Eagle Released After Treatment
Bird To Be Tracked After Recovering From Virus< P> Tuesday, February 24, 2004
Ron Seely Science reporter
Wisconsin State Journal
PRAIRIE DU SAC - Wisconsin bird rehabilitator Marge Gibson has released a lot of eagles. Hundreds, she figures.
Always, she says, she misses the birds after nursing them back to health from injuries or illnesses and then letting them go. If only, she has mused in the past, they could send back post cards from their travels.
Monday afternoon, on the banks of the Wisconsin River here, Gibson freed an eagle that actually will keep in touch -- via satellite.
The big 3-year-old female is one of three that Gibson, who operates Raptor Education Group Inc. in Antigo, has nursed back to health from West Nile virus.
Found two years ago not far from where it was released below the Prairie du Sac dam, the eagle nearly died of the disease. When a warden with the Department of Natural Resources found it, the bird was having convulsions.
The female, along with two males Gibson released earlier this winter, are the first eagles to be treated and cured of the virus, which is spread by mosquitoes and can also infect humans.
It's unique and important work and the techniques being used are of great interest, especially because the virus has infected more than 100 bird species and has killed hundreds of birds in the upper Midwest, including red-tailed hawks and great-horned owls. It also threatens endangered birds such as the trumpeter swan.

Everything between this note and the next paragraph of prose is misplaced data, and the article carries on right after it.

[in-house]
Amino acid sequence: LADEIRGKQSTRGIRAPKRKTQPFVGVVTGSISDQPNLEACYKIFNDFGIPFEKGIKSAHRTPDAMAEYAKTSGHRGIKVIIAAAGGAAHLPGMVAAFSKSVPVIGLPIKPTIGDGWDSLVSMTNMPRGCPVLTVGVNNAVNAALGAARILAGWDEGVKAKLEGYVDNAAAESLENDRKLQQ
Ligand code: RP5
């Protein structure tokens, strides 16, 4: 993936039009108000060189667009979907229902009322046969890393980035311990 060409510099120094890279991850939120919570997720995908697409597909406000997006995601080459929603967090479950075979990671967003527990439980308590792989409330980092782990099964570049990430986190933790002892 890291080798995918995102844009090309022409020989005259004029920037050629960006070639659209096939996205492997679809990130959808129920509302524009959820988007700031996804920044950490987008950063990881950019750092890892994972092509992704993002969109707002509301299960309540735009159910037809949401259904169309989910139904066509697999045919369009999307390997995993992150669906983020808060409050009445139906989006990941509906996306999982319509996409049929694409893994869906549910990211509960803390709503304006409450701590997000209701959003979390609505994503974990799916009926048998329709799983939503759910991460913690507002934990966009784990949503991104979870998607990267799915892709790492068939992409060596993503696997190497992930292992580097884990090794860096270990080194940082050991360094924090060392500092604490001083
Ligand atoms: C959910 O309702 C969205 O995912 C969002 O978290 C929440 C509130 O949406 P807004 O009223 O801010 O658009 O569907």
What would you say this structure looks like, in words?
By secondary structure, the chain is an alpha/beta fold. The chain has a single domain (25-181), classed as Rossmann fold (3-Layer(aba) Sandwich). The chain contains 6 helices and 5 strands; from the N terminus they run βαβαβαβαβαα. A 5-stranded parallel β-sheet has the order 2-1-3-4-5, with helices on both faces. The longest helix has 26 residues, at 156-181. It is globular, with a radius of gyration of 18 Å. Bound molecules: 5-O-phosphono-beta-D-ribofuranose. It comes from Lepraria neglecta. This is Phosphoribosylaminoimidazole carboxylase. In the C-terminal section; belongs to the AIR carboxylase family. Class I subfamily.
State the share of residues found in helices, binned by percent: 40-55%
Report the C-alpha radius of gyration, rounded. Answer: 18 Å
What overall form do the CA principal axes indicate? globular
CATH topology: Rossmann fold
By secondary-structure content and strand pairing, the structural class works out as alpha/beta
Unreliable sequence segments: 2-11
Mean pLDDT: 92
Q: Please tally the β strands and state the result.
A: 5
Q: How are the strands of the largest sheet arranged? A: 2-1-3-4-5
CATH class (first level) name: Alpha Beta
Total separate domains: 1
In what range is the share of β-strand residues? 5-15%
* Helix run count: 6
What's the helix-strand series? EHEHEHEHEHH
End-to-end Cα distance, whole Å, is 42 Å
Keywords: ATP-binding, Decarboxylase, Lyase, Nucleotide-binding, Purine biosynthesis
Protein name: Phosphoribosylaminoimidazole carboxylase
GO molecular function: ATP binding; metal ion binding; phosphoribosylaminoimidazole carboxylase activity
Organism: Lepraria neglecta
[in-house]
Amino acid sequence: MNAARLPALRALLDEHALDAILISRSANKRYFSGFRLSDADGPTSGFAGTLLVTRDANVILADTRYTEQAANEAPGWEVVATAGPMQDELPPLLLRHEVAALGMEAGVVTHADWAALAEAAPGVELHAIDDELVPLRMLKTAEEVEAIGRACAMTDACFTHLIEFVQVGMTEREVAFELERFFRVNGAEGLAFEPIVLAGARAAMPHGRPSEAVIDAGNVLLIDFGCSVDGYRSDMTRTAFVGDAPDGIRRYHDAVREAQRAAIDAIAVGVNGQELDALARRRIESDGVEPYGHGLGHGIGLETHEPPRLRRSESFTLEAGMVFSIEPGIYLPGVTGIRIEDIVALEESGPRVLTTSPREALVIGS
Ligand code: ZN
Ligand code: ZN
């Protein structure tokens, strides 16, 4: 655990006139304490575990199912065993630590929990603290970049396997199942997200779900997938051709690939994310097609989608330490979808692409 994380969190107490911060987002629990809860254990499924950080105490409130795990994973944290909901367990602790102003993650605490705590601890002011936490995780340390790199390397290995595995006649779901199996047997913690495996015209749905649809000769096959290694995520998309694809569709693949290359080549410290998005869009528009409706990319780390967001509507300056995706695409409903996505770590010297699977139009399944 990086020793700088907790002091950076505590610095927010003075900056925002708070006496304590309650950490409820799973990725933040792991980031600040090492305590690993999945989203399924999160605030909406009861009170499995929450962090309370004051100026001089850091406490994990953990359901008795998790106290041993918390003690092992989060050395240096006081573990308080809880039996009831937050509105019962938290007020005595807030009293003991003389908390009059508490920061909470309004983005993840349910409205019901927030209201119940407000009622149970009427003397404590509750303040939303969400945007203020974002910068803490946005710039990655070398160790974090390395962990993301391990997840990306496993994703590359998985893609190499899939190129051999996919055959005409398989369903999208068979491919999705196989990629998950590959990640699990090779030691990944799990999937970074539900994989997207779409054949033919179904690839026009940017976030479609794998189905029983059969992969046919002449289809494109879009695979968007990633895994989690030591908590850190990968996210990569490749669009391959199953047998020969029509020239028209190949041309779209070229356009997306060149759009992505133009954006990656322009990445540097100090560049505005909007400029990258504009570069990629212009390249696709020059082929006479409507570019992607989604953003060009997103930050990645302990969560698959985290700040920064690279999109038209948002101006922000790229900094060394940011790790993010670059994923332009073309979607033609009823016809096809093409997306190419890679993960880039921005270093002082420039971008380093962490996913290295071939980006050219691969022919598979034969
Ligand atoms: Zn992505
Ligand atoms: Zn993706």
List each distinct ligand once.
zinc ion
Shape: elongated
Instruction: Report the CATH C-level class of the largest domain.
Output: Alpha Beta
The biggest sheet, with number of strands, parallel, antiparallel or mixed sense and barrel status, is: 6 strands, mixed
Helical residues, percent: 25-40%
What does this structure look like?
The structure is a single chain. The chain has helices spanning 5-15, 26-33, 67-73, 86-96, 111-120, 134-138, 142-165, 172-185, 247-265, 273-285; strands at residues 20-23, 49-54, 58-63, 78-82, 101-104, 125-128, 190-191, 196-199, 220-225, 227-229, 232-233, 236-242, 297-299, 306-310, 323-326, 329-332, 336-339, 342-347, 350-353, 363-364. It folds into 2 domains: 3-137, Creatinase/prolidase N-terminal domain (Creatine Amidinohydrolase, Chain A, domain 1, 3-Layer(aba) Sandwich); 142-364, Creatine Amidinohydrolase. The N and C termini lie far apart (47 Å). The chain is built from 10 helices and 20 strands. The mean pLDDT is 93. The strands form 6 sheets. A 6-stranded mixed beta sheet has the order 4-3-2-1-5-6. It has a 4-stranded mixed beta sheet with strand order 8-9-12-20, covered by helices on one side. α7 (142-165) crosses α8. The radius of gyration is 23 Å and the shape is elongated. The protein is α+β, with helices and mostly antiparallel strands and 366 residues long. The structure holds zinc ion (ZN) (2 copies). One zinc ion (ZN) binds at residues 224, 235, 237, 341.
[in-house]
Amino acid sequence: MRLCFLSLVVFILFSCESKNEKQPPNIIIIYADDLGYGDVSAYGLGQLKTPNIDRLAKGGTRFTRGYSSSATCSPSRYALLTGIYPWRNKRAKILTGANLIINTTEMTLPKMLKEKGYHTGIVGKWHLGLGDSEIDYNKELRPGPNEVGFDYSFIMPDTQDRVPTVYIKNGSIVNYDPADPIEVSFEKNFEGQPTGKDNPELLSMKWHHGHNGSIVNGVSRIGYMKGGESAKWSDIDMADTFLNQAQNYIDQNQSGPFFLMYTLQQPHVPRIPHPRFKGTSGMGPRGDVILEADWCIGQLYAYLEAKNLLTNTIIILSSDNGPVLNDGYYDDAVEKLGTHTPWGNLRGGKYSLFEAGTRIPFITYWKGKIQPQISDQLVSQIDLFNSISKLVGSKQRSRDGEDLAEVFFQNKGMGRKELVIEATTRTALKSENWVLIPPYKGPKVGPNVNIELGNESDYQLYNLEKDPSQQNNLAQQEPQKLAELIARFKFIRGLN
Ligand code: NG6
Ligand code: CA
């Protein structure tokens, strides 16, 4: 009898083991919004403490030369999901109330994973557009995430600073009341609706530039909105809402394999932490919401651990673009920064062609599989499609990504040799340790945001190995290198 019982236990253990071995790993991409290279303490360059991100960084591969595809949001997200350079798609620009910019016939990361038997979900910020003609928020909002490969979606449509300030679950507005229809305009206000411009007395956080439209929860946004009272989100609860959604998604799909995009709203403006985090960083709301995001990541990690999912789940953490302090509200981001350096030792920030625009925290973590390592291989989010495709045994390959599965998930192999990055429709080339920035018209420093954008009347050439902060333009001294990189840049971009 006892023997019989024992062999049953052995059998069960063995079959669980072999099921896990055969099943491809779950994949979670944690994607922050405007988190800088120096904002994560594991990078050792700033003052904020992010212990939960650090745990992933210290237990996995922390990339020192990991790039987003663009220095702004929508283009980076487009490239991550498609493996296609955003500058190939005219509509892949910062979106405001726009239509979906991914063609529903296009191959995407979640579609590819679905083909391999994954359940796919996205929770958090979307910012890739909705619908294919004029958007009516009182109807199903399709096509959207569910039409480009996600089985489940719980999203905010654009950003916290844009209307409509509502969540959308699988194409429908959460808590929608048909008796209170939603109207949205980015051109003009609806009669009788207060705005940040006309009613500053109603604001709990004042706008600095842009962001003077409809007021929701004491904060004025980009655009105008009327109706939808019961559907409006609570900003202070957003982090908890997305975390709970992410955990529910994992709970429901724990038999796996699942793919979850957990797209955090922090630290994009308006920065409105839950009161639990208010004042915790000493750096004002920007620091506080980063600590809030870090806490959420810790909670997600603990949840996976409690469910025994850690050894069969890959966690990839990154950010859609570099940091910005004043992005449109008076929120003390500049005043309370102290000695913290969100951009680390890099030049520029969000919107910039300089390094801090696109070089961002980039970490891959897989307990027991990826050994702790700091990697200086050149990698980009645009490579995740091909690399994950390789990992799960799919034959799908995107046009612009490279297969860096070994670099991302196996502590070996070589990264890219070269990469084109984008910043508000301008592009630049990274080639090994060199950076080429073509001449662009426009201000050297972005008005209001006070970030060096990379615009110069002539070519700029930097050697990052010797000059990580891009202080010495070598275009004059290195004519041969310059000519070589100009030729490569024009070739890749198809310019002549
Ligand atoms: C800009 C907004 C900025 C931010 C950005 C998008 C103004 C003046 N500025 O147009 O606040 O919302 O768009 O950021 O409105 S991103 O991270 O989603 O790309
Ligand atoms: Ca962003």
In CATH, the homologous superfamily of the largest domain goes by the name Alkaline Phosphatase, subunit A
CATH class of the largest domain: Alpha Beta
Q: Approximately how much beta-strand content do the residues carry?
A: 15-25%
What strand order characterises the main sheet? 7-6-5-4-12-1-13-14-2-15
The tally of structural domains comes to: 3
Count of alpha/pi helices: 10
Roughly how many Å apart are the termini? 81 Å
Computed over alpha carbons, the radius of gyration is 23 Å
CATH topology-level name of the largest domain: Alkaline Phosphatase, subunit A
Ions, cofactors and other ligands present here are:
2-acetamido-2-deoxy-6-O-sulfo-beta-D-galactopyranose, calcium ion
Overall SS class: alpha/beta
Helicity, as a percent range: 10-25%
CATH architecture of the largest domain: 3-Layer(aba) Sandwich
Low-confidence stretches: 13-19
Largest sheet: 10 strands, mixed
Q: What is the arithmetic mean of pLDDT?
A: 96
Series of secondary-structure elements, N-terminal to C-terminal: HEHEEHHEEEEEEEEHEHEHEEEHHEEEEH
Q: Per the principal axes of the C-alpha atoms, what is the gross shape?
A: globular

"It really is a significant contribution," said Jennifer Meece, a Marshfield Clinic expert in West Nile and mosquito-borne diseases, of Gibson's work. "I know she has spent many nights staying up with these birds. She's given them a chance."
Nick Derene, a wildlife graduate student at UW-Stevens Point who is assisting Gibson on the West Nile project, said the work is providing critical new information about how to treat the sick eagles.
Even more important, he said, is the information that will be gained from tracking the eagles once they return to the wild.
Derene said researchers want to find out if the disease has affected the birds' ability to hunt or socialize and mate with other birds. The two males are doing well, he added. One is in Illinois but the other has stayed in the vicinity of the river and has been roosting with a large group of eagles.
Tracking information from the satellite is sent to Derene's computer. "Every night at midnight I get an e-mail telling me where the birds are," he said.
The fate of the female is of special interest, Derene added.
"This will be the bird that will tell us about the impact of West Nile on the offspring," Derene said.
The eagle certainly didn't seem any worse for its ordeal as it spread its wings and glided low over the silver Wisconsin River. It swallowed about a pound of meat before its departure, a bit of insurance that will keep it from having to hunt for food for a day or so, according to Gibson.
"This is an incredible time," Gibson said as the eagle set its wings and soared. "To be releasing these birds after seeing them convulsing and dying, to see them taking their place again in the wild world."